I've been a paramedic for 21 years. I've developed a knack for catching the unexpected. I'm no Dr. House, but I do appreciate subtlety. This week I was reminded that despite patting myself on the back, I can always use a reminder or two about basic patient assessment techniques.
Techniques like obtaining a chief complaint.
In prehospital EMS, we're taught so often to focus on airway and breathing (the traditional A&B for the ABC's of EMS assessment) that we are likely to ignore other complaints deemed less important if we see shortness of breath. I fell into that trap with a family member.
Despite hearing multiple times that this particular family member was complaining of back pain, I (and my colleagues) were much more concerned about his breathing difficulty. We relegated lower back pain to the back burner. In the grand scheme of things, we thought, lower back pain isn't as important as shortness of breath.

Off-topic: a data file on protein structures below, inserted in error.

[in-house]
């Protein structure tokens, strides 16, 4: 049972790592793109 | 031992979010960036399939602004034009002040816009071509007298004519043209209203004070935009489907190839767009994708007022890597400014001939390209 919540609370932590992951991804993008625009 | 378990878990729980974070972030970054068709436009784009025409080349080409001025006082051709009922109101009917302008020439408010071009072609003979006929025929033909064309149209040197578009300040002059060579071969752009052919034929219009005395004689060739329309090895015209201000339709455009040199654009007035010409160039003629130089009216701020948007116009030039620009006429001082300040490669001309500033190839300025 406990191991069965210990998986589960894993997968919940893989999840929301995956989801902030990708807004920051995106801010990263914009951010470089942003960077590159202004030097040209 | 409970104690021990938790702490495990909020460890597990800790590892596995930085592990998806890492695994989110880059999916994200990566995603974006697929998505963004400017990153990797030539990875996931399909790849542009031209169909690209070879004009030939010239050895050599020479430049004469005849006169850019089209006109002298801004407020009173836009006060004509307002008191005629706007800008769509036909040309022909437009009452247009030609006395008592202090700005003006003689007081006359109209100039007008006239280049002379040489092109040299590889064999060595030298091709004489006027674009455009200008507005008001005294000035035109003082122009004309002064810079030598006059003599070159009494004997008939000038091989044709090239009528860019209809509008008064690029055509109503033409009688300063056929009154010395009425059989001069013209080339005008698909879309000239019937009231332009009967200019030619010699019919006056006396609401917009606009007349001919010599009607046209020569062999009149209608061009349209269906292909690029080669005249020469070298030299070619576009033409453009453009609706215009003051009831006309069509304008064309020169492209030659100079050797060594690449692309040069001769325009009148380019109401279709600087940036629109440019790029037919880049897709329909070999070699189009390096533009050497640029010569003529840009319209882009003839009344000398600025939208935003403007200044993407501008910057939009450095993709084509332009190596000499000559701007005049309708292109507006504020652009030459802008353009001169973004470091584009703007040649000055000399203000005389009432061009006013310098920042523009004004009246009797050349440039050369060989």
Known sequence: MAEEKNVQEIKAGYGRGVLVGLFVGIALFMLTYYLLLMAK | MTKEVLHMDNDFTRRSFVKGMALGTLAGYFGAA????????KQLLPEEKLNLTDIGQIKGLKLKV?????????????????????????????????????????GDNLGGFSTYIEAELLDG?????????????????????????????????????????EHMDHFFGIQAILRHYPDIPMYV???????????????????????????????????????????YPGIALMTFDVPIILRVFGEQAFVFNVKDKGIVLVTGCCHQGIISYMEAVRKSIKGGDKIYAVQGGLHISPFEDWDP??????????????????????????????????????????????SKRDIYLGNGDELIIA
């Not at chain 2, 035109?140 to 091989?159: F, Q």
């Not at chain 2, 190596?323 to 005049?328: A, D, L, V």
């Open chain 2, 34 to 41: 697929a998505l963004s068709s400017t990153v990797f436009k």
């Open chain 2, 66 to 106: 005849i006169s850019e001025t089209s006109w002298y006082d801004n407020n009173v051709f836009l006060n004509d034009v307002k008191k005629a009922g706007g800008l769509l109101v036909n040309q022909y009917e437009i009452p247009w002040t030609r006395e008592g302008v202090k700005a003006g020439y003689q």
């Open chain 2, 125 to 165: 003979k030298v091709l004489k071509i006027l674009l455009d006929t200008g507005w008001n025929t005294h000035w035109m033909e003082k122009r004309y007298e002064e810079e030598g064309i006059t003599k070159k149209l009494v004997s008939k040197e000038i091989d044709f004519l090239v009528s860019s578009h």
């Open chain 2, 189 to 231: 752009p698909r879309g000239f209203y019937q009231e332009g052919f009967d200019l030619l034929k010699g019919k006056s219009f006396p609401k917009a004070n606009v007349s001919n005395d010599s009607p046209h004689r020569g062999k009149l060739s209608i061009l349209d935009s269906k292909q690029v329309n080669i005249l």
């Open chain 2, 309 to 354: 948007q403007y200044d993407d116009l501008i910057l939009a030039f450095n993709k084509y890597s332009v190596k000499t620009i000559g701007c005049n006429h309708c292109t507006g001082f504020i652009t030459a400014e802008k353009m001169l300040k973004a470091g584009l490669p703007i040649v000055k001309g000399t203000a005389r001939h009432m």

Lower back pain from muscle fatigue or sciatica is a secondary complaint when compared to something as important as breathing. But, what if the back pain was significant and not from muscle soreness? In this case, the back pain was from meningitis.
Diagnosing is a combination of deduction and trial and error. Not realizing the significance of back pain led to a delay diagnosing the real problem. I learned a valuable lesson - never underestimate the patient's chief complaint. Every time I asked this family member if he was having trouble breathing, he said no. His only consistent complaint was for the back pain. It didn't matter that he actually was having trouble breathing, he didn't care in light of the pain.
In the future, I will pay more attention to the chief complaint even if it doesn't seem to be as important as what I think is wrong.
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